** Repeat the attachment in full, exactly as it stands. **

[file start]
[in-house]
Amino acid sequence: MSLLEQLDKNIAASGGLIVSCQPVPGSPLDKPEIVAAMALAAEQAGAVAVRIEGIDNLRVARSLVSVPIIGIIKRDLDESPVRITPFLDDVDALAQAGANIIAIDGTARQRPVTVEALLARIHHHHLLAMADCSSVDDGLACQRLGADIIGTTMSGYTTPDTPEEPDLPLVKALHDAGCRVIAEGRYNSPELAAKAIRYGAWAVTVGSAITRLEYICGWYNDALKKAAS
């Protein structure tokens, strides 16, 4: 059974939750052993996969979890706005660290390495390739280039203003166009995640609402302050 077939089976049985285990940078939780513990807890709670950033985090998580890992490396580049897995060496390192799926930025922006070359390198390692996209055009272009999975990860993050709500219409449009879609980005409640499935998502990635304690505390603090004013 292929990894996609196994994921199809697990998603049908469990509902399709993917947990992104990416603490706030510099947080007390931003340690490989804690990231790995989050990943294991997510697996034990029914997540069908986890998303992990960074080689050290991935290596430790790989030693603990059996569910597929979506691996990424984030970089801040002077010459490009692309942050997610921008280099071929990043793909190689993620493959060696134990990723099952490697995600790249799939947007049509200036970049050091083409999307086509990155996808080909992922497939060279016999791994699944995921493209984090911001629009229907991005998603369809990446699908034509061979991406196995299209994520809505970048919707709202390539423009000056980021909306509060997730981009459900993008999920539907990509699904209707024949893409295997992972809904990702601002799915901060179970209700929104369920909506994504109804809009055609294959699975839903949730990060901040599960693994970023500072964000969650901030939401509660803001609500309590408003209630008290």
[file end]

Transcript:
[in-house]
Amino acid sequence: MSLLEQLDKNIAASGGLIVSCQPVPGSPLDKPEIVAAMALAAEQAGAVAVRIEGIDNLRVARSLVSVPIIGIIKRDLDESPVRITPFLDDVDALAQAGANIIAIDGTARQRPVTVEALLARIHHHHLLAMADCSSVDDGLACQRLGADIIGTTMSGYTTPDTPEEPDLPLVKALHDAGCRVIAEGRYNSPELAAKAIRYGAWAVTVGSAITRLEYICGWYNDALKKAAS
């Protein structure tokens, strides 16, 4: 059974939750052993996969979890706005660290390495390739280039203003166009995640609402302050 077939089976049985285990940078939780513990807890709670950033985090998580890992490396580049897995060496390192799926930025922006070359390198390692996209055009272009999975990860993050709500219409449009879609980005409640499935998502990635304690505390603090004013 292929990894996609196994994921199809697990998603049908469990509902399709993917947990992104990416603490706030510099947080007390931003340690490989804690990231790995989050990943294991997510697996034990029914997540069908986890998303992990960074080689050290991935290596430790790989030693603990059996569910597929979506691996990424984030970089801040002077010459490009692309942050997610921008280099071929990043793909190689993620493959060696134990990723099952490697995600790249799939947007049509200036970049050091083409999307086509990155996808080909992922497939060279016999791994699944995921493209984090911001629009229907991005998603369809990446699908034509061979991406196995299209994520809505970048919707709202390539423009000056980021909306509060997730981009459900993008999920539907990509699904209707024949893409295997992972809904990702601002799915901060179970209700929104369920909506994504109804809009055609294959699975839903949730990060901040599960693994970023500072964000969650901030939401509660803001609500309590408003209630008290």